There is a misconception that Sport and Remedial Massage is for athletes only, yet a significant number of clients who walk into the clinic are those individuals who work in the office, who sit at the computer, the teacher who tries to squeeze into itty bitty chairs, tradesmen who do physical and repetitive work, or simply someone who has accumulated a life’s worth of complaints.  It is not an exclusive form of therapy, but all inclusive. Therapists are trained to take a holistic approach, addressing individual concerns, using hands on therapy.  The aim is to restore the optimum function to soft tissue and joints, thus increasing a persons quality of life and activity. 

By Susan Findlay BSc RGN, Dip SRMT
All rights reserved. Any reproducing of this article must have the author name and all the links intact.


Biography: Susan is a certified Sport and Remedial Massage therapist since 1996 and has been teaching since 1998 at numerous colleges as well as lecturing nationally. She is currently the director of the North London School of Sports Massage and continues her work as a senior lecturer. She feels it is important to keep up with the practical side of the profession and has a clinic in North London.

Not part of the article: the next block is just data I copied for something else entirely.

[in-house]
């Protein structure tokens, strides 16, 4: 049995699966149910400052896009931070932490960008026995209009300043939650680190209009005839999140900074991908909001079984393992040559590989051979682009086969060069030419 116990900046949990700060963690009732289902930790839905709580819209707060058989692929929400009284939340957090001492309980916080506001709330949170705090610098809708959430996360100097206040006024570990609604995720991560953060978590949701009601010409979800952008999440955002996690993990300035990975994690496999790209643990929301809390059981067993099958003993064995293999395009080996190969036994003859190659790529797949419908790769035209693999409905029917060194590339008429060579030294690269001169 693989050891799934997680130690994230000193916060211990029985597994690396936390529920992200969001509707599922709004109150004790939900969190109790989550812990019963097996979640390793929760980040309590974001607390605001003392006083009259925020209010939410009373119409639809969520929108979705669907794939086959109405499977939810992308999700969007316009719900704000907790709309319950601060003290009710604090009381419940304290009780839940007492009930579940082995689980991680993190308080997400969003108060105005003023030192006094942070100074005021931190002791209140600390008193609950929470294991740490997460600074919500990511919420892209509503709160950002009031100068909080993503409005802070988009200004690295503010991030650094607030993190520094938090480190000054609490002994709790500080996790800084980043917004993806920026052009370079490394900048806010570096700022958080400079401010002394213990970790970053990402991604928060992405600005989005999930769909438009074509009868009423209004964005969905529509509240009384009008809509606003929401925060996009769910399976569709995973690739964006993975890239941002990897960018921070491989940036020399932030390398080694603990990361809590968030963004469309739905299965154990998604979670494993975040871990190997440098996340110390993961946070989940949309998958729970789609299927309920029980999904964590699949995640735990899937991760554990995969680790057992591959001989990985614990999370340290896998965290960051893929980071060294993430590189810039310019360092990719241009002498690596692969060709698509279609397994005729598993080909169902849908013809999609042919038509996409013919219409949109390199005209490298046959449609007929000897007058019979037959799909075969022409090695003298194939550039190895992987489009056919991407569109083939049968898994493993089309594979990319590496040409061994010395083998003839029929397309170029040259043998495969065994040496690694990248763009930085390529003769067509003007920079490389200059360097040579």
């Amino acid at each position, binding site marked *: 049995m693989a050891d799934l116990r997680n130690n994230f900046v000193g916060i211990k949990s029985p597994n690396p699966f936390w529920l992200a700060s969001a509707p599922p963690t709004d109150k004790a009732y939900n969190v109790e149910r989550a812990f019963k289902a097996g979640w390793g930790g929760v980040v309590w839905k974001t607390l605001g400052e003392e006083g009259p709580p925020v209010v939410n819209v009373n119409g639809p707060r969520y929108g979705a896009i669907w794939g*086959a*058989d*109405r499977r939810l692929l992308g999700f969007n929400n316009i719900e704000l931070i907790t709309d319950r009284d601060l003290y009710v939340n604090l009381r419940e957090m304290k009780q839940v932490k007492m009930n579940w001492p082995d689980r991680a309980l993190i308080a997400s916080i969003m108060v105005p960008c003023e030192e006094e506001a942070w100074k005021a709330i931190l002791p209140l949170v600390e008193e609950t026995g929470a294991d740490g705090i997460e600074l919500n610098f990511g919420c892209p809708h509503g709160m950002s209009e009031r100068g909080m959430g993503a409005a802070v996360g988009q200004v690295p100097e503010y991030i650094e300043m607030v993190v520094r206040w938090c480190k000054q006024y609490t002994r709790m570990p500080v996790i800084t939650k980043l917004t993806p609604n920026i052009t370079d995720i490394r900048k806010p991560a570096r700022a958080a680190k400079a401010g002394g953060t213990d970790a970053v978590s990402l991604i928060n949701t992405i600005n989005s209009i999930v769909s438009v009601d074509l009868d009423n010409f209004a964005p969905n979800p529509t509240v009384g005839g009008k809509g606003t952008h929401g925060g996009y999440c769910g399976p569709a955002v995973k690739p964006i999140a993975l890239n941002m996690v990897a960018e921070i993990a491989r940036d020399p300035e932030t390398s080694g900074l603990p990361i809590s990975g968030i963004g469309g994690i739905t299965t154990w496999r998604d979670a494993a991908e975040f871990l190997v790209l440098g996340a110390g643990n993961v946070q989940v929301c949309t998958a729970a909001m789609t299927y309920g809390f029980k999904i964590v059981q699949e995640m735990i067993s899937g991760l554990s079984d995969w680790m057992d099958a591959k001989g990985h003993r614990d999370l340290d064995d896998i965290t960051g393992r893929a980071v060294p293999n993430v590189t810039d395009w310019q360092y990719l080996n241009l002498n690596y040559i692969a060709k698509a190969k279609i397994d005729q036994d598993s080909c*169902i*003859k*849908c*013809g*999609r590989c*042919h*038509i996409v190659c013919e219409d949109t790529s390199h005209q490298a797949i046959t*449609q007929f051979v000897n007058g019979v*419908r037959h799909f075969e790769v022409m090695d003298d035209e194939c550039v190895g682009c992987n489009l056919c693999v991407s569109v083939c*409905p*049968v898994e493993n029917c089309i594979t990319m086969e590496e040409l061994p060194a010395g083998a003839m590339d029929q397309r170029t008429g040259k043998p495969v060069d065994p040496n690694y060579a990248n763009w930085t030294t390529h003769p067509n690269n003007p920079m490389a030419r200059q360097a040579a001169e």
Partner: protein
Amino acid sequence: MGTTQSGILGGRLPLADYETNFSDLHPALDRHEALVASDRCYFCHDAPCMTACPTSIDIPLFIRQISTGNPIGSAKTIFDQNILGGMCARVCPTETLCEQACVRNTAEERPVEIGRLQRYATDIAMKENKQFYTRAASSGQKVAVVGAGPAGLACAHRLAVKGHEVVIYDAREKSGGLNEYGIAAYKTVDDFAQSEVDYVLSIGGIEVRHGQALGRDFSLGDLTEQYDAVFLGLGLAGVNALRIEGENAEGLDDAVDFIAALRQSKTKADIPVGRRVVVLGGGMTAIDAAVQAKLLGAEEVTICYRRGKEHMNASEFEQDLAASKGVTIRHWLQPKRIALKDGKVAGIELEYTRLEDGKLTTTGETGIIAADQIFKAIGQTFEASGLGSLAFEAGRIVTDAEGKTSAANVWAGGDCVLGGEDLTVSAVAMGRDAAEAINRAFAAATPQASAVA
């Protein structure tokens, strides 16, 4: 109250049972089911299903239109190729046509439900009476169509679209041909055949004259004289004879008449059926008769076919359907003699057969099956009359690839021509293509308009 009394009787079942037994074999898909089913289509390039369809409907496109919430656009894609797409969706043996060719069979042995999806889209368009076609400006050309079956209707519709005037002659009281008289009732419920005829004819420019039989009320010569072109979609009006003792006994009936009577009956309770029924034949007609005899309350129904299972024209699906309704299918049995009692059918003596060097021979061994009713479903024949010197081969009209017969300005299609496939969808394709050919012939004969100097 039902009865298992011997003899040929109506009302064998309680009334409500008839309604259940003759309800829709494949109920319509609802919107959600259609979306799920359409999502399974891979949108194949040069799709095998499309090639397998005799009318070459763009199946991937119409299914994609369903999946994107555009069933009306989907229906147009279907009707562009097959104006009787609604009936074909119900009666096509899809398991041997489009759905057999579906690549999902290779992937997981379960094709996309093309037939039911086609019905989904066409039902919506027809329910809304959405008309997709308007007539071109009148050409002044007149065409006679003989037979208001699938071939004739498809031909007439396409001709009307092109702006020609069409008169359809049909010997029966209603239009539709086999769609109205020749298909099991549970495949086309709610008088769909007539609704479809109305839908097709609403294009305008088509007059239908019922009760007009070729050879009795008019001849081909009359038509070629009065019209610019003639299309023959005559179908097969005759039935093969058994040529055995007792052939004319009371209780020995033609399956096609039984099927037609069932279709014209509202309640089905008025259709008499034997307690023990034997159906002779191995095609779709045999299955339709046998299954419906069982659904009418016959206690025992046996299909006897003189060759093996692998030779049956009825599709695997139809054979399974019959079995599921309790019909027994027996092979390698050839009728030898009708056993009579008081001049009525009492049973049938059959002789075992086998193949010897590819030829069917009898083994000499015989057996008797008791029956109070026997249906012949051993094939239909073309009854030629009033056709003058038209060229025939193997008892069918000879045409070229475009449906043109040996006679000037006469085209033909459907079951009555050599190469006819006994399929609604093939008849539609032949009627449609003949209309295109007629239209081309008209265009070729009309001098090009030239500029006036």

Her background includes classical dance and gymnastics wherein began her interest in the area of how the body works. Eventually she went on to retrain as a nurse working in a wide range of disciplines. She came to England from Canada in 1992 and worked for a short period within the NHS. Soon afterwards she changed her career to work within the health and fitness field, working with GP's and health centers setting up programs for a wide range of clientele. After years of teaching 20+ classes a week and running health programs she wanted to integrate her medical, health and fitness background under one umbrella. Hence, she trained once more in Sport and Remedial Massage, incorporating all her experience into her treatments and the development of the North London School of Sports Massage.

Susan is passionate about the quality of training courses that are available within the UK and is on the board of the General Council Massage Therapies serving as Chair of Communications. One of GCMT 's aims is the development of high standards of practice and training within the profession.

Watch out for her book in May 2010 titled Sports Massage. It will be available from Human Kinetics.